I’m Chris Harrison And I Don’t Think It Was Wrong To Celebrate Pro-Slavery Culture All The Way Back In 2018

Well, Rachel, is it a good look in 2018? Or, is it not a good look in 2021? Because there’s a big difference.” – Chris Harrison defending a Bachelor contestant’s attendance at an antebellum party. CNN

The world has made huge advancements when it comes to fighting racism, most of these advancements having occurred after 2018. You see, way back in 2018 it was totally acceptable to go to an old South antebellum party and participate in celebrations that promote racism. I’m proud to say that that’s no longer a good look in 2021.

Back in the days of yore (yes, I’m still talking about 2018), if a group of white people wanted to get dolled up like slave owners and have a plantation-themed party, well, they were just having a good time. They weren’t being ignorant or commemorating racism. I mean, come on, this was 2018. How were they supposed to know any better?

“But, Chris, 2018 was only three years ago,” some people have informed me. I double checked their calculations and, though I first thought it was five years ago, it turns out that, yes, their math is correct. To these people I say, there’s a big difference between 2018 and 2021.

In 2021 we are looking through a different lens. Or at least I’m told. I’m not sure, I don’t wear glasses. What I want to know is, where is this lens that we’re holding up and was that lens available and were we all looking through it in 2018? How were the simple people of the bygone year 2018 supposed to know that pretending to be slave owners on a plantation wouldn’t be considered a good look by the woke futurists of 2021?

My friend, Rachel Lindsay, a woman of color, tried to inform me, “It’s not a good look ever.” Hello, Rachel, were you forgetting that I’m a privileged white man? Why would I listen to her about an issue she knows firsthand? I told her, “You’re 100% right in 2021. That was not the case in 2018.” Poor Rachel. She was neglecting to remember that three years ago was a different time in our history and that celebrating Confederacy was the look of 2018.

Don’t get me wrong, I’m not defending anyone who attended an antebellum party in 2018. No, I’m simply trying to justify their attendance in a way that makes it excusable. I’m not defending it, just contextualizing it in an attempt to exonerate. No, no, I wouldn’t defend such a thing. There’s as big a difference between defending and what I’m doing as there is between 2018 and 2021.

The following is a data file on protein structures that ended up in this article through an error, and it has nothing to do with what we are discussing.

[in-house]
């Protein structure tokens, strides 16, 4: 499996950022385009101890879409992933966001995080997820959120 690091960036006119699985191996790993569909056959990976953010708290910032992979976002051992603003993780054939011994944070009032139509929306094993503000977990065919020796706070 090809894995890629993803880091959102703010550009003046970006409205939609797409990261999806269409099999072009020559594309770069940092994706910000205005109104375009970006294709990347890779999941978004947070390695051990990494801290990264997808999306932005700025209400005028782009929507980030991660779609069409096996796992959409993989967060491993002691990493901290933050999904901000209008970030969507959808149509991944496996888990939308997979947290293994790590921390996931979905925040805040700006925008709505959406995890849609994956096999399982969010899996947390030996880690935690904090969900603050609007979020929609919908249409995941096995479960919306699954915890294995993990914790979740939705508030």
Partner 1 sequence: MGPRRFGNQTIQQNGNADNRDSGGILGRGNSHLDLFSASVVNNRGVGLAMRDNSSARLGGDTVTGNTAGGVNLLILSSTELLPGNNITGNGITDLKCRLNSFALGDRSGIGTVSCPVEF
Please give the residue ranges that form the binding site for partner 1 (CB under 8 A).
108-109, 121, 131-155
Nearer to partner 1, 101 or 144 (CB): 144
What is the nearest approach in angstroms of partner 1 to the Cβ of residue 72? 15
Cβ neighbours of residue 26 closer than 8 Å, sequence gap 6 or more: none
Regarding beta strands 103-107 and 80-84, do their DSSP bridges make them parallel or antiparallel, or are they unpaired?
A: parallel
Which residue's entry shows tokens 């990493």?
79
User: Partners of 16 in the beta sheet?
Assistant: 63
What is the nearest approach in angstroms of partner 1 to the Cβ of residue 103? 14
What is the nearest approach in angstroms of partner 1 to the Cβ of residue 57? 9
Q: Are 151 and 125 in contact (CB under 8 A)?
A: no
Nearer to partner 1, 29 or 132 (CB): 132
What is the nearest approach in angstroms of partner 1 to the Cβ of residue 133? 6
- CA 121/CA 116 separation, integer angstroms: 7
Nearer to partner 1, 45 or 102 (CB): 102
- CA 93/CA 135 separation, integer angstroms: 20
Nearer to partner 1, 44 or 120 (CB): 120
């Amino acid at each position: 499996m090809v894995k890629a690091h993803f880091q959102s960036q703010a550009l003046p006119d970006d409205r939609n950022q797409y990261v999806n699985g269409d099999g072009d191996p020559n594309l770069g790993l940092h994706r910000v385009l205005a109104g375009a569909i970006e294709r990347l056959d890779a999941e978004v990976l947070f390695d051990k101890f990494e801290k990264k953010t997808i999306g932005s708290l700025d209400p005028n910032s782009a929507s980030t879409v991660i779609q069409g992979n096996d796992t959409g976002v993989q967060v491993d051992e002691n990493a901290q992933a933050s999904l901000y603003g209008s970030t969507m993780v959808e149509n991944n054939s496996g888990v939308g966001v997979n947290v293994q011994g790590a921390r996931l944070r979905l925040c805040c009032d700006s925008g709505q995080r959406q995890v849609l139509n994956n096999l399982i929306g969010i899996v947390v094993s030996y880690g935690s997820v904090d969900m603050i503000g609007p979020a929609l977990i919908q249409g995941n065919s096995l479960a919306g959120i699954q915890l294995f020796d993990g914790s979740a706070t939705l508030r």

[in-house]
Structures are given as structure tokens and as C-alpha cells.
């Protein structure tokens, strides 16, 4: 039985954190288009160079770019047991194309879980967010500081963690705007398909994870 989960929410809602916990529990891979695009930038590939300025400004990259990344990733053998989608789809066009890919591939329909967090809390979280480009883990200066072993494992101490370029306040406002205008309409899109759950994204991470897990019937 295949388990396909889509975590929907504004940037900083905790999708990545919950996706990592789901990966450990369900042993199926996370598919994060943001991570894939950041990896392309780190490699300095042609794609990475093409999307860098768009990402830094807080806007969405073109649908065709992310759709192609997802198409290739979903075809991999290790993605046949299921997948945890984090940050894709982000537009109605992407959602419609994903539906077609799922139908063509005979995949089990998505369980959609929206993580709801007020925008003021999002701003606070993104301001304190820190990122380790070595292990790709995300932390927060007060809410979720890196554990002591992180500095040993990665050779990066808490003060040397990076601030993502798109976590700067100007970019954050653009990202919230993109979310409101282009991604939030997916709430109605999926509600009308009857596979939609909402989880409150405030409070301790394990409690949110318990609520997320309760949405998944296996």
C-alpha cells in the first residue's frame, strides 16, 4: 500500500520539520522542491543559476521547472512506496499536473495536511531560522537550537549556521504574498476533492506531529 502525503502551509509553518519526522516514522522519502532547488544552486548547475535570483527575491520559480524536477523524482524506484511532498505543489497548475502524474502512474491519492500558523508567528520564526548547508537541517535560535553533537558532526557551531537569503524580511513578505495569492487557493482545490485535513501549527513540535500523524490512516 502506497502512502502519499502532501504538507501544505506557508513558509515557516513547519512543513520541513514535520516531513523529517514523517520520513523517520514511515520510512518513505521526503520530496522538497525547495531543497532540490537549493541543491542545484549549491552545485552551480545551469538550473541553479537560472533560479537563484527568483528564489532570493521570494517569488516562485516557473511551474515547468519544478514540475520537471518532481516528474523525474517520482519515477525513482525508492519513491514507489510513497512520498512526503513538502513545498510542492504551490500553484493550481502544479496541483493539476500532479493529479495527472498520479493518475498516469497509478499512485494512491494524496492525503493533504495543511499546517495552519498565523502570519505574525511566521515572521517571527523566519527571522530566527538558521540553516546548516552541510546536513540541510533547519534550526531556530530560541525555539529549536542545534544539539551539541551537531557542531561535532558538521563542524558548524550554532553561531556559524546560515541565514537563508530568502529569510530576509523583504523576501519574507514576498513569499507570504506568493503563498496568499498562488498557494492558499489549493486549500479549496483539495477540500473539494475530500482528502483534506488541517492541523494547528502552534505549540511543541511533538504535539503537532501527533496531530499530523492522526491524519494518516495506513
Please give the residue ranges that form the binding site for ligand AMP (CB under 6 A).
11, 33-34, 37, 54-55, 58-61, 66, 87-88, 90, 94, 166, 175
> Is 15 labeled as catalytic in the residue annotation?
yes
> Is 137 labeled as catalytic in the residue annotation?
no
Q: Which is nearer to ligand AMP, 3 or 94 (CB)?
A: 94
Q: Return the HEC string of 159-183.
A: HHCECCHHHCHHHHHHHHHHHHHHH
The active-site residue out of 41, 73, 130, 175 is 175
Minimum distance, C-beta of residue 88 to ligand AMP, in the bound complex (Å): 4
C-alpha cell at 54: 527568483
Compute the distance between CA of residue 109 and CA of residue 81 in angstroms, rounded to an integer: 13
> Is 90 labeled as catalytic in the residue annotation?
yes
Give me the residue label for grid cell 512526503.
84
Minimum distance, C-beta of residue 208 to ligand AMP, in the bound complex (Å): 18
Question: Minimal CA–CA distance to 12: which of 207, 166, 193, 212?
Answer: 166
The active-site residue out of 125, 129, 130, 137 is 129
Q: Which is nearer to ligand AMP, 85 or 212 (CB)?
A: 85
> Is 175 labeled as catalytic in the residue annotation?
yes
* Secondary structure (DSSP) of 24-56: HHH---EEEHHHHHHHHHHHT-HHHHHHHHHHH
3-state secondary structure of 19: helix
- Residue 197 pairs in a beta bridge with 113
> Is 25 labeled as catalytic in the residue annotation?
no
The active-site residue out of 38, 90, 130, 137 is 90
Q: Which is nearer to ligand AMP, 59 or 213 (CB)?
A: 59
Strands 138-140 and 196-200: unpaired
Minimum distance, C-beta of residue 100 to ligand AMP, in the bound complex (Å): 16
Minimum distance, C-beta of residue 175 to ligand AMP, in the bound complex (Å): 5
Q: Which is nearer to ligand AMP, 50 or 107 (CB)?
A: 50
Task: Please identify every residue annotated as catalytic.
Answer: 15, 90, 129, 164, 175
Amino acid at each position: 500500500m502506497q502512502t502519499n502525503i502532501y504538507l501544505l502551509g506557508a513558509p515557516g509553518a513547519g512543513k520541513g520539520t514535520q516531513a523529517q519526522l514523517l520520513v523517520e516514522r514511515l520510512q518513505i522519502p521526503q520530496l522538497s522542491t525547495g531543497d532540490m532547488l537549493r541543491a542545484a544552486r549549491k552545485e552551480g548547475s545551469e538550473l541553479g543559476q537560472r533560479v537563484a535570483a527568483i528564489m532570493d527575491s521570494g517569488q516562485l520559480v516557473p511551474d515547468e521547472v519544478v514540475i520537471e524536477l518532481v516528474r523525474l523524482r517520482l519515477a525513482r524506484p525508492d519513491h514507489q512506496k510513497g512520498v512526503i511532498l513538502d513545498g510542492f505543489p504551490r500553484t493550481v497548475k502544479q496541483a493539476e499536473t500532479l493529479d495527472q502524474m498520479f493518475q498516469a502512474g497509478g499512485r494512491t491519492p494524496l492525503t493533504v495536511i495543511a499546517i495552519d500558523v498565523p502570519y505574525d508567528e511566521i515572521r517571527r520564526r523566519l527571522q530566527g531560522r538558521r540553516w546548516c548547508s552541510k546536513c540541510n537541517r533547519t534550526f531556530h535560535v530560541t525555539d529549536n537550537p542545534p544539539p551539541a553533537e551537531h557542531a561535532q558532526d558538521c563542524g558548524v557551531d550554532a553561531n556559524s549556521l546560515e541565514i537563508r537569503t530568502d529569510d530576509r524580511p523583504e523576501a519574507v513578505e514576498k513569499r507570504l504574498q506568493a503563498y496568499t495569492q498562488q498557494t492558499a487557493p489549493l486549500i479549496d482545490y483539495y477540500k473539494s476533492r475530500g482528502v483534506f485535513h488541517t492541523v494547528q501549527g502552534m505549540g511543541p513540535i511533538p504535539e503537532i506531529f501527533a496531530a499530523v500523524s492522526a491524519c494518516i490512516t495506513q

We’ve come a long way since 2018. The civil rights movement has made some of its biggest strides in 2021. One need only look to The Bachelor for proof of this progress. 2021 marked the first time in the television series’ illustrious 25 season history that a Black man was chosen to be the bachelor. Sure, segregation ended in 1964 but 2021 was when our show decided to be racially inclusive.

“Why did we wait 25 seasons,” some people have asked, “don’t Black people make up over thirteen percent of the U.S. population?” If you were tuning into The Bachelor for equal representation of minorities, you came to the wrong rose ceremony. We weren’t quite sure people were ready for a Black bachelor. I mean, sure, there’d been a Black president from 2009-2017, but this is The Bachelor we’re talking about. We needed to wait until we knew that we had the ratings on our side and/or public pressure demanded that we have someone who’s not white. I think that’s pretty woke, don’t you?

If attending a plantation-themed party in 2018, and supporting someone’s attendance at such a party, is considered wrong then my name isn’t Chris Harrison and I’m not the host of The Bachelor! What’s that, it is wrong and I’ll be forced to step aside as host? I’m being told that my statements are ignorant and that they perpetuate racism. If this is the reaction I’m getting for my 2021 opinions, it’s a good thing you didn’t hear what I thought way back in 2018.